Schedules can vary depending on the type of medical career you pursue. A medical career such as a nurse may include a schedule working ten to twelve hour shifts for four days a week. Additionally, there normal 9-to-5 hour shifts that healthcare workers may have, but this all is dependent on the facility you’re employed at, staffing needs, and schedules available according to a company’s hours of operation.
You may be able to request a particular schedule according to your lifestyle and family obligations, but this is not always the case. Since emergency rooms or hospitals run twenty-four hours a day seven days a week, healthcare workers may experience working graveyard shifts if required. Some positions in a facility may require a you to work an on-call shift, meaning your supervisor may call you at any time of the day or night to come in if needed, periodically.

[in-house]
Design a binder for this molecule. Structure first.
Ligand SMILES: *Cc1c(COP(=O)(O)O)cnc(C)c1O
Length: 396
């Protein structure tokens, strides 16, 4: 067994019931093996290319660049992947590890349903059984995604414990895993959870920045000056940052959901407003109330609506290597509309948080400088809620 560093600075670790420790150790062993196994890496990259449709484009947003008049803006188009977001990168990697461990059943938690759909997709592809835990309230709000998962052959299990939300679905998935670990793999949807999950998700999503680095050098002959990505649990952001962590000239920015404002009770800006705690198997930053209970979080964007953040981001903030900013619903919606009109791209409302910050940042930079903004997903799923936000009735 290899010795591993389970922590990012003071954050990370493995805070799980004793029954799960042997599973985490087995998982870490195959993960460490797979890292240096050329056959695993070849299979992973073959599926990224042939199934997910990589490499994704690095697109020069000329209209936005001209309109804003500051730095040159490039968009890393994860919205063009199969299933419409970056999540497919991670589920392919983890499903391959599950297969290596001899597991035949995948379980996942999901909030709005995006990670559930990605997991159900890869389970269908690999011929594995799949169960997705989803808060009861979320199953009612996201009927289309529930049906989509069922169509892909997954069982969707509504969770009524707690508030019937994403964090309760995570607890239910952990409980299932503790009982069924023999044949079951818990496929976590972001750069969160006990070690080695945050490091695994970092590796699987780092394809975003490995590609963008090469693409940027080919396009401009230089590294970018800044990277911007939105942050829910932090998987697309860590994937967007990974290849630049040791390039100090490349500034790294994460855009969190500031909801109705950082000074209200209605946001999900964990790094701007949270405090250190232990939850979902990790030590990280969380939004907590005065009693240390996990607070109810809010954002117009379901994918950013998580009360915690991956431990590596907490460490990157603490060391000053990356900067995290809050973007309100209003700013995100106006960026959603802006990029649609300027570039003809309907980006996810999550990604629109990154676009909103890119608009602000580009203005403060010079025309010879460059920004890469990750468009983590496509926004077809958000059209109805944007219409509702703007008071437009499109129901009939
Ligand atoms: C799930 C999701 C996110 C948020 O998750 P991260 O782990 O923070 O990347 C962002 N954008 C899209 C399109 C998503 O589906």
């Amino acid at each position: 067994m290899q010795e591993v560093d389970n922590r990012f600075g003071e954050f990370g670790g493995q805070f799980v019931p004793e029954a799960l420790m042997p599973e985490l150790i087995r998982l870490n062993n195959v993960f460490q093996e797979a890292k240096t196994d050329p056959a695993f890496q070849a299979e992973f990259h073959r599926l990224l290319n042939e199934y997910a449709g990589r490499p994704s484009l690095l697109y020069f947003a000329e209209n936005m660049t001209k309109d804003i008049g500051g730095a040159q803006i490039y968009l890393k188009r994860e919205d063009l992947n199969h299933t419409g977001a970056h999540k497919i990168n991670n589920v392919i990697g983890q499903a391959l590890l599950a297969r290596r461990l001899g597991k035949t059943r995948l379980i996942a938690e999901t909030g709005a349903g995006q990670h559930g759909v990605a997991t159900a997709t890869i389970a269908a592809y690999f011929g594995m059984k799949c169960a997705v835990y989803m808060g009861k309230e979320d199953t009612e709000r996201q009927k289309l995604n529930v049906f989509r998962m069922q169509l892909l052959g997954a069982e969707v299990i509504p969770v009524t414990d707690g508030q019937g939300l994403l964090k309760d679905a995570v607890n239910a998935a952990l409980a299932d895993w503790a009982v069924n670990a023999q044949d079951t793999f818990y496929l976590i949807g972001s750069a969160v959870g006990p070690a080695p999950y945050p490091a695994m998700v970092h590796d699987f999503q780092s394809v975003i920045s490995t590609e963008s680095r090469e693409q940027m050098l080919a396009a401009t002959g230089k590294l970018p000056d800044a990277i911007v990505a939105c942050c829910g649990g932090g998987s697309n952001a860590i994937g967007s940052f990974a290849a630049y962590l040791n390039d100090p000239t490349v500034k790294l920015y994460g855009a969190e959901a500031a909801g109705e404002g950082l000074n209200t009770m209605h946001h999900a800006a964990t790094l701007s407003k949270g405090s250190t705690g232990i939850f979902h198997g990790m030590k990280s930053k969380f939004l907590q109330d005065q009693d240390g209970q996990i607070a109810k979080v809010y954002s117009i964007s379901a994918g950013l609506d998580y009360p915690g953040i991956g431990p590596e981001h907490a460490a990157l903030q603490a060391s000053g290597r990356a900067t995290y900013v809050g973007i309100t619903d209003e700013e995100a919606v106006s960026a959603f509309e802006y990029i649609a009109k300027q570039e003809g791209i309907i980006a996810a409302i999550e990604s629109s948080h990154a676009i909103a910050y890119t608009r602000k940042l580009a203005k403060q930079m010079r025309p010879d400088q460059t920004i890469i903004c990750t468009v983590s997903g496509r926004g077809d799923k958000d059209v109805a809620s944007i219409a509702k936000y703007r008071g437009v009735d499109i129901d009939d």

How to Pursue a Career in the Medical Field?
After reading this article and considering the Pros and Cons of Working in the Medical Field, are you interested in pursuing a career in the medical field? In every employment sector, there are negatives and positives, but if a healthcare career is your dream, you are determined and compassionate, or would like to experience the benefits of working in the medical field then inquire with an admissions team at your local technical, vocational, or community college to find out more information. If you are interested in pursuing a career in the medical field in the Los Angeles county area, then visit healthcarecareercollege.edu and get started today!
Is a Rewarding Healthcare Career Right for You? Get More Info…
If you’re interested in learning more about careers in healthcare and exploring whether Healthcare Career College is right for you, fill out the form on this page to receive more information.
For immediate questions, call (562) 804-1239